Introduction: Cleaning a Mortice Lock

About: hgv driver but only because it pays more than I can make otherwise

The latch on one of our doors wasn't springing back properly. Rather than being allowed to fix it I was told to fit another one. I inadvertently brought one that was too deep for the existing cutout so ended up stripping and cleaning the old one any way. A temporary saving of nearly £30

Step 1: Dismantle

Having with drawn the lock assembly from the door, access is gained to the workings by undoing 3 screws and removing the cover plate. This lock is at least 16 years old possibly more, the problem was simply but probably only temporarily fixed by stretching the 2 coil springs on the left. I could have left it at that but seeing the swarf and grease under the key mechanism I thought a more thorough clean was in order

The dog of the spring bolt is held in place by a single screw and can be fitted either way up depending on which way the door swings and can be removed and refitted without opening up the lock as there is an access hole in the side plate I forgot to photograph. Remove the 2 springs first then two parts of the spring bolt lift out of the lock body.

The leavers for the dead bolt just lift off their pivot pin, note I have numbered each one prior to removal so they go back in the right order put them back in the wrong order you will need to make a new key but that is a different instructable.

The grey disc driven by the key is what actually drives the dead bolt across. It is only zinc alloy in this lock and the swarf is from where it has worn on the leavers and where it passes through the side plates of the lock this will ultimately need replacing, once this is remove the dead bolt its self lifts out.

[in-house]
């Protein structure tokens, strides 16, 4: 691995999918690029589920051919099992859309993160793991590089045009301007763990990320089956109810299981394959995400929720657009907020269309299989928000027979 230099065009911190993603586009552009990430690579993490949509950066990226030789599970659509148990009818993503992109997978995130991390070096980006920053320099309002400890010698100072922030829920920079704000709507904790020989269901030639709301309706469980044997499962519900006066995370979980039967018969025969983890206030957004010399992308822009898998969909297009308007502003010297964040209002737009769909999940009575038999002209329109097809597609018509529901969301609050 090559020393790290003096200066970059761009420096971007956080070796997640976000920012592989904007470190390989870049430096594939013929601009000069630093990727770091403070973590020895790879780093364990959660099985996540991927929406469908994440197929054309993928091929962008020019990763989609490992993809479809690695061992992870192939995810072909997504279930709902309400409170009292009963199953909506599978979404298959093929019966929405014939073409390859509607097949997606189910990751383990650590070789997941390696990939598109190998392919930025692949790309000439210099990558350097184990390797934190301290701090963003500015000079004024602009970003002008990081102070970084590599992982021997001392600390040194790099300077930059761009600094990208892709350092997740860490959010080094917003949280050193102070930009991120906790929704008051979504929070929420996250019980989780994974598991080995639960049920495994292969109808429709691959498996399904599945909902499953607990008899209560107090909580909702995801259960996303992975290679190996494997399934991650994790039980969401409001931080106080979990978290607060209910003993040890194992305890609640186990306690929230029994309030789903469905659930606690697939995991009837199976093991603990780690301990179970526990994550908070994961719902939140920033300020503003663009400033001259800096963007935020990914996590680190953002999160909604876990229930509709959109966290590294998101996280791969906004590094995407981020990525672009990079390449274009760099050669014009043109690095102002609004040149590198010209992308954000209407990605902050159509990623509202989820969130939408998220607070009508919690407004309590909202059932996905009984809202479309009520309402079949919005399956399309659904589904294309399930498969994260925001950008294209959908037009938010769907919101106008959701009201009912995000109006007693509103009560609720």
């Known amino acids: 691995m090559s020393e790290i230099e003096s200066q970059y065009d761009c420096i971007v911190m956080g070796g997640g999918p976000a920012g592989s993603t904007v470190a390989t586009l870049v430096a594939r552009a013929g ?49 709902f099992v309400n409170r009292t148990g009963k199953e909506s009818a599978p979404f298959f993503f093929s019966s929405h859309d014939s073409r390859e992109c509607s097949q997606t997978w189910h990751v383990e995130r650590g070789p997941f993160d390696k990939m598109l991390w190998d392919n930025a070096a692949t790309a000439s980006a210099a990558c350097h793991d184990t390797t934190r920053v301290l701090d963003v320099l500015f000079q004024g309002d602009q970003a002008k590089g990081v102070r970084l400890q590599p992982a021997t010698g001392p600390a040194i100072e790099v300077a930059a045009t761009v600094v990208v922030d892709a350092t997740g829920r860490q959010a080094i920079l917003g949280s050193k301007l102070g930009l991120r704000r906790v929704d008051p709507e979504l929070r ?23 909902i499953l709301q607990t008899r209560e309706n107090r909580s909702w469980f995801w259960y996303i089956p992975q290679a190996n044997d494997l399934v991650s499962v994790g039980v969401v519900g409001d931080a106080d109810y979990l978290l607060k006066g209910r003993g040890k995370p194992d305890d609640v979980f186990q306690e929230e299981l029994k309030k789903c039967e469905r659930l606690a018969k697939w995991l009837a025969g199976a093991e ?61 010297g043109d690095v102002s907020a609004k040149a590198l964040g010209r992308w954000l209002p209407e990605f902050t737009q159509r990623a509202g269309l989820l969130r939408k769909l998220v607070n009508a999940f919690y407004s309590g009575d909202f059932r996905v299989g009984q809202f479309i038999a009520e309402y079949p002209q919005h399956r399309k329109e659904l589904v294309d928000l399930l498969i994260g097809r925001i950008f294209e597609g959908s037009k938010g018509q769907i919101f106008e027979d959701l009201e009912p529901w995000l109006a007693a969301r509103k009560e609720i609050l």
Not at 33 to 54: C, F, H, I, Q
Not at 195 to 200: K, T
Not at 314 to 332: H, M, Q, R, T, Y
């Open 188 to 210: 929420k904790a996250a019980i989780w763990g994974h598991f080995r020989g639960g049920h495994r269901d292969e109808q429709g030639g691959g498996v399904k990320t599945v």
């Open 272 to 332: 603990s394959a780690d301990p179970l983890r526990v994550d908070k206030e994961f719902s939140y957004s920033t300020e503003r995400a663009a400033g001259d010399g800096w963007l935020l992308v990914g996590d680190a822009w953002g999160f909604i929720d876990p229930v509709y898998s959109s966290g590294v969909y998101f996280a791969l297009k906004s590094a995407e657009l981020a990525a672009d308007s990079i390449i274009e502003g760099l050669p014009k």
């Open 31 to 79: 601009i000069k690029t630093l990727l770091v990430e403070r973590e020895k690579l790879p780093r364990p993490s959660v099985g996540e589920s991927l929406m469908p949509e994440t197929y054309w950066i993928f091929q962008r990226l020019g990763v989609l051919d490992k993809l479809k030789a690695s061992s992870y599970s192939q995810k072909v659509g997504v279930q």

Step 2: Clean

I removed the bulk of the grease and swarf with a small screw driver blade then wiped the rest out with a couple of cotton wool pads soaked with lighter fluid. I also wiped the other components down in the same manner

Step 3: Lubricate and Reasemble

Ideally I'd have preferred to have use wheel bearing grease, how ever all I had to hand was Vaseline so that had to do.I applied a thin coat to the pivot for the leavers and the R shaped spring the back surface of the dead bolt, both sides of the cam disc driven by the key as well as its pivot points. then a smear on the back of each lock leaver before it was fitted.

Fitting the leavers requires putting the spring int the housing first then twisting the leaver into position so it slides down the pivot shaft the springs are quite weak so this is easy to do.

Similarly grease the surfaces of the spring bolt mechanism that rub on the lock case before you fit them fit the springs after the bolt sections it is a 2 handed job hence no photos. Refit the side plate and do up the retaining screws refit the spring bolt dog making sure you get it he right way around. Test the key in the lock and that the spring bolt operates correctly then refit to the door.